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Cited by 9 (0 self)
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In the first part, we introduce binary representations of both lambda calculus and combinatory logic terms, and demonstrate their simplicity by providing very compact parserinterpreters for these binary languages. Along the way we also present new results on list representations, bracket abstraction, and fixpoint combinators. In the second part we review Algorithmic Information Theory, for which these interpreters provide a convenient vehicle. We demonstrate this with several concrete upper bounds on programsize complexity, including an elegant selfdelimiting code for binary strings. 1
Computational universes
 Chaos, Solitons & Fractals
, 2006
"... Suspicions that the world might be some sort of a machine or algorithm existing “in the mind ” of some symbolic number cruncher have lingered from antiquity. Although popular at times, the most radical forms of this idea never reached mainstream. Modern developments in physics and computer science h ..."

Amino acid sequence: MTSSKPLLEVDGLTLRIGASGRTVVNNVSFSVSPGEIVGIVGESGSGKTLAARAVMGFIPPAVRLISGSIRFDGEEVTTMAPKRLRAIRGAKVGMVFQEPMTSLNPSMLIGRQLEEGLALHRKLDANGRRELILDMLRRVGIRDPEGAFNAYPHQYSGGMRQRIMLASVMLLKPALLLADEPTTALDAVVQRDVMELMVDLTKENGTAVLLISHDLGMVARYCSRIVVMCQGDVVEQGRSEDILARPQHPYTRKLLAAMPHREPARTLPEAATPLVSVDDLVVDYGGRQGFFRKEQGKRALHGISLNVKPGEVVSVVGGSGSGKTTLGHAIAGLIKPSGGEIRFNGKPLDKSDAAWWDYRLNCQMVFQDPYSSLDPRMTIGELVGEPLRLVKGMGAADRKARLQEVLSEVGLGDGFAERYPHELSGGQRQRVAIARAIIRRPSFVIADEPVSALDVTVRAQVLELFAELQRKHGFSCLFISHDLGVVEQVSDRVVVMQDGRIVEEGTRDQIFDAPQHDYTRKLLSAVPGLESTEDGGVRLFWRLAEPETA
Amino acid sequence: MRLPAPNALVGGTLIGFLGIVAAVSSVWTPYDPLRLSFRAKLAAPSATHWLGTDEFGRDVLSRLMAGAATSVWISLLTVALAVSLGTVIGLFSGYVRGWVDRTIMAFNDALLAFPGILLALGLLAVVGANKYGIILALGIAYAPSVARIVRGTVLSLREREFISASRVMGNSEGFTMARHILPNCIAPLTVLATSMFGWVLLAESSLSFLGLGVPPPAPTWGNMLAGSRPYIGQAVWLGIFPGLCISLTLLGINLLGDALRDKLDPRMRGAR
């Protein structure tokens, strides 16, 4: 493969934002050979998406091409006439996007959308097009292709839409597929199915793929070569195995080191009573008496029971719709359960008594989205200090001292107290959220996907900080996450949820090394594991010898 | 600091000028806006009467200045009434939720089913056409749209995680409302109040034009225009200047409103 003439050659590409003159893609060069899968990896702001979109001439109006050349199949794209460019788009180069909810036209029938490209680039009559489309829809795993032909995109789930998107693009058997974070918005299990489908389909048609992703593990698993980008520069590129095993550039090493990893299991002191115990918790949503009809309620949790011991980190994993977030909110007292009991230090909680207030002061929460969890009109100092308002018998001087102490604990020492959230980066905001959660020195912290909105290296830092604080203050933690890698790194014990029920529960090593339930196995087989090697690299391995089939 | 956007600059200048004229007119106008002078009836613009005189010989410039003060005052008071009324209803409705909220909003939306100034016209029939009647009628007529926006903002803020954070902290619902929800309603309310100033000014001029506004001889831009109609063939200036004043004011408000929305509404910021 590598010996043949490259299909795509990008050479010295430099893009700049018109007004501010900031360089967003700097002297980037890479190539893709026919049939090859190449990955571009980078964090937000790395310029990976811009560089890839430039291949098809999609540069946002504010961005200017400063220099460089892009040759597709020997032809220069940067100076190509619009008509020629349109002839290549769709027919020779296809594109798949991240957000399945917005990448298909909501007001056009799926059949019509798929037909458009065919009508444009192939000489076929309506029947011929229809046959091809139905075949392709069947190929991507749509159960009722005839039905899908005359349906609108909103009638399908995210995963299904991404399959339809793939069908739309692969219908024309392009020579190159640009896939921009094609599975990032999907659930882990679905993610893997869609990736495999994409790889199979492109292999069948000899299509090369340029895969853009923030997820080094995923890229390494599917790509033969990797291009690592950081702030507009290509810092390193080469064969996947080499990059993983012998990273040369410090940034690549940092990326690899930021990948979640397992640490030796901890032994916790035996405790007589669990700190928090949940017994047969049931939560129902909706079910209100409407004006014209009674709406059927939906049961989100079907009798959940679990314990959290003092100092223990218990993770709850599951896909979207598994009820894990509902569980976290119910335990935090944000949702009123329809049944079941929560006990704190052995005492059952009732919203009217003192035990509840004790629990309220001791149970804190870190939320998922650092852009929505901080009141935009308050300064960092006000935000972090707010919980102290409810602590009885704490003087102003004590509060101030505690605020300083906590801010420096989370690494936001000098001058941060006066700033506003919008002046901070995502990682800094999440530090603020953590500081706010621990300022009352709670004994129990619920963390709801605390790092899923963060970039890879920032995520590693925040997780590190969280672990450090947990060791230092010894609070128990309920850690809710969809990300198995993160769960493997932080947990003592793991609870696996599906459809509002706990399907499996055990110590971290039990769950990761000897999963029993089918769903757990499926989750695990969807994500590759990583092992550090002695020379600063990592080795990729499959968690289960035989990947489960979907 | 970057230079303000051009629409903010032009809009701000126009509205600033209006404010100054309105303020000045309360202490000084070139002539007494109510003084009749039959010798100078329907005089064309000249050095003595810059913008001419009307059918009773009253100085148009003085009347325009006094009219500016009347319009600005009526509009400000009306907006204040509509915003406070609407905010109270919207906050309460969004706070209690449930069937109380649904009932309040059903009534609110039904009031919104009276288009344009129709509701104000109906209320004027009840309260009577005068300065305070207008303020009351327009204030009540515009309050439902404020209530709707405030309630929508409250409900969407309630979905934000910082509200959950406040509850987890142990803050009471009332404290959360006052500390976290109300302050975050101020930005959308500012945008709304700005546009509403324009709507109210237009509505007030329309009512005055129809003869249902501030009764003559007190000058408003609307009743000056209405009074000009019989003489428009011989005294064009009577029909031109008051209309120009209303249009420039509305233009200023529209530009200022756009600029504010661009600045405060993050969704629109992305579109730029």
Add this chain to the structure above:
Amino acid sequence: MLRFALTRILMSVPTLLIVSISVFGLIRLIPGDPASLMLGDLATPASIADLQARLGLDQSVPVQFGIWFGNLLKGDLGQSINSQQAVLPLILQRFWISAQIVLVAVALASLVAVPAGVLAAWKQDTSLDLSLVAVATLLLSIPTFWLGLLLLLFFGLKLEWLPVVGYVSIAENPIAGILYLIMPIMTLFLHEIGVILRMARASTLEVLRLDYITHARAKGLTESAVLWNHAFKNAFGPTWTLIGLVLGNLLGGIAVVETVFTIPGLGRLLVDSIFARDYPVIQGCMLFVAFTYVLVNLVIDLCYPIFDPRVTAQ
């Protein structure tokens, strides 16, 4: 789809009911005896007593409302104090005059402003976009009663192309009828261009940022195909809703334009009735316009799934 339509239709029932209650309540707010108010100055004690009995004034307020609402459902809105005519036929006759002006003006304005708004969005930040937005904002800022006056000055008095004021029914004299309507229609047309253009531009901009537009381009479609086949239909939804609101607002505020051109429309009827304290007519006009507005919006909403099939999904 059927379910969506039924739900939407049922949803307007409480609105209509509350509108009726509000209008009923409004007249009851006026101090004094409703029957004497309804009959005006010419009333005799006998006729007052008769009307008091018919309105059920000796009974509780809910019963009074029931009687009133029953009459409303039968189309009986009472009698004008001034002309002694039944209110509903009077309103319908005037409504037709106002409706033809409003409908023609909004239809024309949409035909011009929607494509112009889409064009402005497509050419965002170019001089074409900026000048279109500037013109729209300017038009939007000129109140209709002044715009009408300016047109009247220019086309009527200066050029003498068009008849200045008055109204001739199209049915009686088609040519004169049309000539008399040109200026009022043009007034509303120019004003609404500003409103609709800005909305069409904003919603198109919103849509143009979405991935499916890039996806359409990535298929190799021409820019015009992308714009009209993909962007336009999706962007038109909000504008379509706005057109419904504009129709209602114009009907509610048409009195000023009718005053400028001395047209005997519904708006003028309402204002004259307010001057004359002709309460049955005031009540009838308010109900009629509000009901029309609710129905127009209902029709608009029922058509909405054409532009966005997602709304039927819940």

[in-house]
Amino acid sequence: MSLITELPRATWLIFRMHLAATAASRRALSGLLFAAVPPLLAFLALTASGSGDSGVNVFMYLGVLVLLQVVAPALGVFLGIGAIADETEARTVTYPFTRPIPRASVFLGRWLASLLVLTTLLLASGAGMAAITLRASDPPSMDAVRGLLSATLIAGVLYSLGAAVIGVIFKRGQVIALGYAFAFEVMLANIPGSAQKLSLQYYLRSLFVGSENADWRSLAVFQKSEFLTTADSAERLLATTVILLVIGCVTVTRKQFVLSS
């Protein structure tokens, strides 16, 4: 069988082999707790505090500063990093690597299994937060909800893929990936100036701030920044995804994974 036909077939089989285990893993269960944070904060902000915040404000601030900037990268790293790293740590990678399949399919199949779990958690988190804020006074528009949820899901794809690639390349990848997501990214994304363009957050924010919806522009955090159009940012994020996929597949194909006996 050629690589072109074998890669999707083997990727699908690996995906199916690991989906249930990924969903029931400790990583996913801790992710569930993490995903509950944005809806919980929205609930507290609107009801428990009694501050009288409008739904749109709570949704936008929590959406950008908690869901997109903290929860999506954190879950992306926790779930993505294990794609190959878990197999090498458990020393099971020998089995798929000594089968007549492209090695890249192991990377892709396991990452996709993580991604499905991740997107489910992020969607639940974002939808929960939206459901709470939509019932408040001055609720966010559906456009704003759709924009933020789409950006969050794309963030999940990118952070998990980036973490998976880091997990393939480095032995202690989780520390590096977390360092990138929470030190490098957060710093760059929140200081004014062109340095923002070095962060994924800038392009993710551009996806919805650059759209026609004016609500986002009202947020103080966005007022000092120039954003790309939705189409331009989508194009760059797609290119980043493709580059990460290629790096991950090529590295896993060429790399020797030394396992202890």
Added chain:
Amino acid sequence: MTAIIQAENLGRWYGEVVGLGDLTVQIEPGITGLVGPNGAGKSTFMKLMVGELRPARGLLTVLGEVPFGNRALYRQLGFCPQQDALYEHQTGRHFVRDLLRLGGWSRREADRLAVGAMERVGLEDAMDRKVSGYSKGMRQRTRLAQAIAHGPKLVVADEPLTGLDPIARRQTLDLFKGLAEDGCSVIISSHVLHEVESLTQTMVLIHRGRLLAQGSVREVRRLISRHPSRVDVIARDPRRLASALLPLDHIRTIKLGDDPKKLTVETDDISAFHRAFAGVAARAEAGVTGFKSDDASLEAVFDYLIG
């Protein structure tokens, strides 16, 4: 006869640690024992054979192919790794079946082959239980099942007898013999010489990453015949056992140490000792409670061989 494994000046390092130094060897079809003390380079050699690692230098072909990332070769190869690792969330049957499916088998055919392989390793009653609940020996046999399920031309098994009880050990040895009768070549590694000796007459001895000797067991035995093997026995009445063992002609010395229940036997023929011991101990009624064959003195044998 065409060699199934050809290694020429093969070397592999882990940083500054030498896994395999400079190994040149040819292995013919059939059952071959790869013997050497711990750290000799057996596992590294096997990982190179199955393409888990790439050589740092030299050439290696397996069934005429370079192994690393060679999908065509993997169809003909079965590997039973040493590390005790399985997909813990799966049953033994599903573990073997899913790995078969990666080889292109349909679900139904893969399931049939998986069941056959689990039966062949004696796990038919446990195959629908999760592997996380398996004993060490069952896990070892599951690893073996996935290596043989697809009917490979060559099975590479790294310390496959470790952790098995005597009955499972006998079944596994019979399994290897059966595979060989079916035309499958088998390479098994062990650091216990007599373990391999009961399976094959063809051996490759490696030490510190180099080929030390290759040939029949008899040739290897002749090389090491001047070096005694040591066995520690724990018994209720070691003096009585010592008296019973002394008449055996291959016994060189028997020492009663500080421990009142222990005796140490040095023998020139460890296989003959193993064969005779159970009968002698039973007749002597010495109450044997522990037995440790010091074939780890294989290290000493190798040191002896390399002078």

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Cited by 9 (5 self)
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Suspicions that the world might be some sort of a machine or algorithm existing “in the mind ” of some symbolic number cruncher have lingered from antiquity. Although popular at times, the most radical forms of this idea never reached mainstream. Modern developments in physics and computer science have lent support to the thesis, but empirical evidence is needed before it can begin to replace our contemporary world view.
Mathematical proofs at a crossroad
 Theory Is Forever, Lectures Notes in Comput. Sci. 3113
, 2004